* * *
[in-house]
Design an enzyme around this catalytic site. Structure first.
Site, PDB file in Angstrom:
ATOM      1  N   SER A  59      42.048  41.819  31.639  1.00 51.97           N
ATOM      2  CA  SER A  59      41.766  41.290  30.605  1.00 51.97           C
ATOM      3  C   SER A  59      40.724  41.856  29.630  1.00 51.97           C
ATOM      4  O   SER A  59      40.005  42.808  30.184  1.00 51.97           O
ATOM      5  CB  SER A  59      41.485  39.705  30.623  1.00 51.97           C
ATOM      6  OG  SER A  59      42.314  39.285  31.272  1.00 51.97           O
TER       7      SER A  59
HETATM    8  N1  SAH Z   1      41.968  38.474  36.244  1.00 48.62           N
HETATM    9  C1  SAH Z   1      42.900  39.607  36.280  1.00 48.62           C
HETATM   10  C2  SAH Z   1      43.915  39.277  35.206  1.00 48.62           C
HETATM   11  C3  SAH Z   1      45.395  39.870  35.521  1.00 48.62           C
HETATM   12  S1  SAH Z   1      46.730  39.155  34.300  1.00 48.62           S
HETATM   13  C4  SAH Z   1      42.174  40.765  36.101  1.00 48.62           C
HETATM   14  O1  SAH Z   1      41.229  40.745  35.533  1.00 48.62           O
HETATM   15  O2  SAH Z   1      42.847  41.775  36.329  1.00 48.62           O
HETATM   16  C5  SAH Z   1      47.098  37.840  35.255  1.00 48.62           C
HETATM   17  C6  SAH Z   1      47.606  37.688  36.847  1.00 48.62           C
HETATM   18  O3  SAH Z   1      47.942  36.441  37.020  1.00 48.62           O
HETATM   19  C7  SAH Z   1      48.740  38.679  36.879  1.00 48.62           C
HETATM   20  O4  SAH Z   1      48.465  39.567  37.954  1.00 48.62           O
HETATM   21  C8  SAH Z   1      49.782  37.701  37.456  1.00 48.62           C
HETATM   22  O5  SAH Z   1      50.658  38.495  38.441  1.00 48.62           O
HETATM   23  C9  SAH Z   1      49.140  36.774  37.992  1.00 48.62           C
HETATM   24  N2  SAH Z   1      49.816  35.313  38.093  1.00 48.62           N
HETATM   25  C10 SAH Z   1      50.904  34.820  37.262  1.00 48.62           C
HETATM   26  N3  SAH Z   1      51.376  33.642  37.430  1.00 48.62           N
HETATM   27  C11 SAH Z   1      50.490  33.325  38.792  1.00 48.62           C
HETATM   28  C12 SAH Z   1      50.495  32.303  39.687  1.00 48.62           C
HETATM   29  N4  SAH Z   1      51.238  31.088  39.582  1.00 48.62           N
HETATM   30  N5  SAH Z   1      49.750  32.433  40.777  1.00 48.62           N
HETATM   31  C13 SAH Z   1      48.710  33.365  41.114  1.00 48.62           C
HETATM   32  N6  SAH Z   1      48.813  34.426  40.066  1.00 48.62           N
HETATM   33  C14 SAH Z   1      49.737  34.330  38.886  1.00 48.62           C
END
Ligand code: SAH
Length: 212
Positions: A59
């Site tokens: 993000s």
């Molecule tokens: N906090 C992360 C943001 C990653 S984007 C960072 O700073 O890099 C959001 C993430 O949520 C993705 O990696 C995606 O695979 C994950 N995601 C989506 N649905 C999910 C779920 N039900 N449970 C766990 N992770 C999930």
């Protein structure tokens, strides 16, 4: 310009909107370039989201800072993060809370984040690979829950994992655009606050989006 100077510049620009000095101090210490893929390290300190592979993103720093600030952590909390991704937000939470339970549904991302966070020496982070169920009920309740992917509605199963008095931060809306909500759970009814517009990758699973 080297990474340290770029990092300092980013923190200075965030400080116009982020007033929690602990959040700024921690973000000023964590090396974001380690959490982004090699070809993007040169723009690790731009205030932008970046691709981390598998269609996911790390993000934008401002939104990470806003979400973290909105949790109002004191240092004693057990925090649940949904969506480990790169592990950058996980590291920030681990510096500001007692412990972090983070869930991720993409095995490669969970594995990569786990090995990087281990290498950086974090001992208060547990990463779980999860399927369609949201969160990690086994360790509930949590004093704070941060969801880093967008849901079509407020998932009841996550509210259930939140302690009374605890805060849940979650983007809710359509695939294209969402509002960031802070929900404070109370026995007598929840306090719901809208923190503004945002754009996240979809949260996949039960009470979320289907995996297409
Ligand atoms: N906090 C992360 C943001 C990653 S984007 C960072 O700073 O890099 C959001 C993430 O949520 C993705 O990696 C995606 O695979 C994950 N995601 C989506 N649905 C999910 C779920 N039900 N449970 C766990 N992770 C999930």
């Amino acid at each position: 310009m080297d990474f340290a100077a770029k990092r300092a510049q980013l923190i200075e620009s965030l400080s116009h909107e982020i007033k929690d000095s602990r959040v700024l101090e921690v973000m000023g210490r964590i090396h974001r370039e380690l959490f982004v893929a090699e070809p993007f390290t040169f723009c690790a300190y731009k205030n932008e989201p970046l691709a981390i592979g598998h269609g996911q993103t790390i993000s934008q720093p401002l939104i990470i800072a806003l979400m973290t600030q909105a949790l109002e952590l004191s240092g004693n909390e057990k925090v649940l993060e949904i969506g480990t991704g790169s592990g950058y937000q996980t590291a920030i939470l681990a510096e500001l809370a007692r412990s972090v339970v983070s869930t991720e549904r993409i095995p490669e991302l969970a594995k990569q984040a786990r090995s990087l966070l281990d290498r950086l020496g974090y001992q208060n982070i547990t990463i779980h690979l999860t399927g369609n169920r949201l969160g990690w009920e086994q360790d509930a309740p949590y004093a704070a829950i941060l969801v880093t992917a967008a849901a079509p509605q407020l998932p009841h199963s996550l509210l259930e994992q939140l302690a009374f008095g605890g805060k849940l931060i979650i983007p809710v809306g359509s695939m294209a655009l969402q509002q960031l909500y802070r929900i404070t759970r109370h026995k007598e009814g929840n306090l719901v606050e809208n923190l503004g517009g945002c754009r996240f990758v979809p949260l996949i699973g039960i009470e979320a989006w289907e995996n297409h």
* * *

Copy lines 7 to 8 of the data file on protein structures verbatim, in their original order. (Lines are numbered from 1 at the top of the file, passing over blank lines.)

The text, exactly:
ATOM      4  O   SER A  59      40.005  42.808  30.184  1.00 51.97           O
ATOM      5  CB  SER A  59      41.485  39.705  30.623  1.00 51.97           C